Tagging along with Obama and McCain canvassers in North Carolina.

A guide to the swing states.
Oct. 30 2008 5:36 PM

How Does a Red State Turn Blue?

Tagging along with Obama and McCain canvassers in North Carolina.

(Continued from Page 2)

At a small apartment complex around the corner, a man engages them—but with frustration. "You're too late. I already voted," he says. May we ask who for? "It doesn't matter—there was nobody good to vote for. I was thinking of putting my own name in." He shakes his head. "It's a real disappointment."

The next day is a warm Sunday afternoon, and an Obama volunteer stands outside the door of the main library in downtown Charlotte handing out voting guides. The library is an early-voting site, and the line snakes up the stairs from the basement, where the polls are.  One woman tells me she came here after spending an hour and a half waiting at a local community college; another couple says poll workers told them to come here because the line at their site was three hours long.


For everyone here, if there is a last-minute October surprise, it will come too late. It's getting late for John McCain, too: 1.6 million people have already voted in the state, and 54 percent of them have been Democrats, compared with 29 percent registered as Republicans. It's not necessarily damning since the polls could fill with Republicans on Election Day. But the numbers suggest an enthusiasm for Obama that McCain can't match.

Across town, it's game day, and Steve Hinson from Pineville holds up a huge McCain sign outside Bank of America Stadium, where the Carolina Panthers are about to kick off. He says he's worried that Obama might win Virginia but that McCain will eke out a victory in his state: "Most people we talk to are the silent supporters, not being as vocal or public as Obama supporters," he says. "Young people are a lot more vocal about what they believe."

If the vocal youth turn out big this year, that silent majority could become a minority. The state probably won't be a bright shade of Carolina blue for a while. But anyone will tell you the hues of the landscape are changing. Perhaps in 40 years, Ballantyne will be a Democratic canvasser's paradise.

Laurel Wamsley, a former Slate intern, is a writer living in Washington, D.C.



Forget Oculus Rift

This $25 cardboard box turns your phone into an incredibly fun virtual reality experience.

The Congressional Republican Digging Through Scientists’ Grant Proposals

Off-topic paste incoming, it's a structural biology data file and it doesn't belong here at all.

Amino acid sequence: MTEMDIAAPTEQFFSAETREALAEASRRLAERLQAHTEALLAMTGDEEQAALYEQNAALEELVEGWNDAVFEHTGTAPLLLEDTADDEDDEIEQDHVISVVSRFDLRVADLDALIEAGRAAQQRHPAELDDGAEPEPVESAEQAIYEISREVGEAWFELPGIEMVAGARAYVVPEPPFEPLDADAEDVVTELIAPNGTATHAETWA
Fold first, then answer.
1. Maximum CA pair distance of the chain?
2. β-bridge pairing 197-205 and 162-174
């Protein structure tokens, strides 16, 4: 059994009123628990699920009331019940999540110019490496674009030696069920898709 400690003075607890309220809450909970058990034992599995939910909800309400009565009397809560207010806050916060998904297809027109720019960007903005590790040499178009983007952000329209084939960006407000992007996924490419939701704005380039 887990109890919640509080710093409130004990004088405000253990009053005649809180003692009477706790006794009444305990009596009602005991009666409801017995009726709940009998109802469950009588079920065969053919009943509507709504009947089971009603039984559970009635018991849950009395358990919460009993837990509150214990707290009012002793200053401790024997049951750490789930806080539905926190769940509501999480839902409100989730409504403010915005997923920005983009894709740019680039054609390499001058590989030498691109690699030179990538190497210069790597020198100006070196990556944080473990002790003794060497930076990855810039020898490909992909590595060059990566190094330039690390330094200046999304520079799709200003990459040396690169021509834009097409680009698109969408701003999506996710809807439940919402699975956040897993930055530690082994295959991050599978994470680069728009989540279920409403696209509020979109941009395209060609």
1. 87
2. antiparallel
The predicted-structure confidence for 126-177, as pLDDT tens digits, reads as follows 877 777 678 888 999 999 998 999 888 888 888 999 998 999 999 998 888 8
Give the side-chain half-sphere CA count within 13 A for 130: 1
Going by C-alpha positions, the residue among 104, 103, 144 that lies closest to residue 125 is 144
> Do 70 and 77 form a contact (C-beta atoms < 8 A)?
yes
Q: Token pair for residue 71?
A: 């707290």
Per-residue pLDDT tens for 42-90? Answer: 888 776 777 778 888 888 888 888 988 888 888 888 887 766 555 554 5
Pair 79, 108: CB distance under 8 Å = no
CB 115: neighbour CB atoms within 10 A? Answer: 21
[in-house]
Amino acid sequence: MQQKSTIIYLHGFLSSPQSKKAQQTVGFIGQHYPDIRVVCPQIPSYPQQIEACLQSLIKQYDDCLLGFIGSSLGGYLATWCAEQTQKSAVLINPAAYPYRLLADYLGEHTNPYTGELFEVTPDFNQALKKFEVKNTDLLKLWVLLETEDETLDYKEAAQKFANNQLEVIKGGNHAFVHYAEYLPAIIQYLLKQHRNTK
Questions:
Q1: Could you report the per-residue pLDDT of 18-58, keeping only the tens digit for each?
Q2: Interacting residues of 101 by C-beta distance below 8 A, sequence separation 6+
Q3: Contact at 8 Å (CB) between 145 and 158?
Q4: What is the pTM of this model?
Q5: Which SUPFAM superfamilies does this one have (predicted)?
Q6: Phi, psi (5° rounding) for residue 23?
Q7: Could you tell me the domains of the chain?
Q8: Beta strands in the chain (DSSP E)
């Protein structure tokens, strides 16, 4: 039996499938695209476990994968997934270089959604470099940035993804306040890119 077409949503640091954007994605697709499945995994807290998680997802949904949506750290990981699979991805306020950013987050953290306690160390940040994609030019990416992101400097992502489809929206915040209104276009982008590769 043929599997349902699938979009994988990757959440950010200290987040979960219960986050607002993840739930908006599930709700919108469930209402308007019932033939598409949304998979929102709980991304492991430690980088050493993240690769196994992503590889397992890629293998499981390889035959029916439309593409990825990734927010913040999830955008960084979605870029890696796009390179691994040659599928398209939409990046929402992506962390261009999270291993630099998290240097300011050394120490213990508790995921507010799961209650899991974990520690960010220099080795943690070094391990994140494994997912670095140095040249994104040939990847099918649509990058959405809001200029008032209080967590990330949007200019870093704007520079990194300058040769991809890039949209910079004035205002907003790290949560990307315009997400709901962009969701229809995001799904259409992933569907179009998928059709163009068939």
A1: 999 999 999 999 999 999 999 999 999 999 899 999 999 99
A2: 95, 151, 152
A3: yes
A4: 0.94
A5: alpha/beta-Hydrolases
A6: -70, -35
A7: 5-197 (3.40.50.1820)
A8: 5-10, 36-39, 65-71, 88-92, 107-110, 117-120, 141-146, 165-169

Renée Zellweger’s New Face Is Too Real

Sleater-Kinney Was Once America’s Best Rock Band

Can it be again?

Whole Foods Is Desperate for Customers to Feel Warm and Fuzzy Again

The XX Factor

I’m 25. I Have $250.03.

My doctors want me to freeze my eggs.

The XX Factor
Oct. 20 2014 6:17 PM I’m 25. I Have $250.03. My doctors want me to freeze my eggs.

Smash and Grab

Will competitive Senate contests in Kansas and South Dakota lead to more late-breaking races in future elections?

George Tiller’s Murderer Threatens Another Abortion Provider, Claims Free Speech

Walmart Is Crushing the Rest of Corporate America in Adopting Solar Power

  News & Politics
The World
Oct. 21 2014 3:13 PM Why Countries Make Human Rights Pledges They Have No Intention of Honoring
Oct. 21 2014 5:57 PM Soda and Fries Have Lost Their Charm for Both Consumers and Investors
The Vault
Oct. 21 2014 2:23 PM A Data-Packed Map of American Immigration in 1903
  Double X
The XX Factor
Oct. 21 2014 3:03 PM Renée Zellweger’s New Face Is Too Real
  Slate Plus
Behind the Scenes
Oct. 21 2014 1:02 PM Where Are Slate Plus Members From? This Weird Cartogram Explains. A weird-looking cartogram of Slate Plus memberships by state.
Brow Beat
Oct. 21 2014 1:47 PM The Best Way to Fry an Egg
Oct. 21 2014 5:38 PM Justified Paranoia Citizenfour offers a look into the mind of Edward Snowden.
  Health & Science
Climate Desk
Oct. 21 2014 11:53 AM Taking Research for Granted Texas Republican Lamar Smith continues his crusade against independence in science.
Sports Nut
Oct. 20 2014 5:09 PM Keepaway, on Three. Ready—Break! On his record-breaking touchdown pass, Peyton Manning couldn’t even leave the celebration to chance.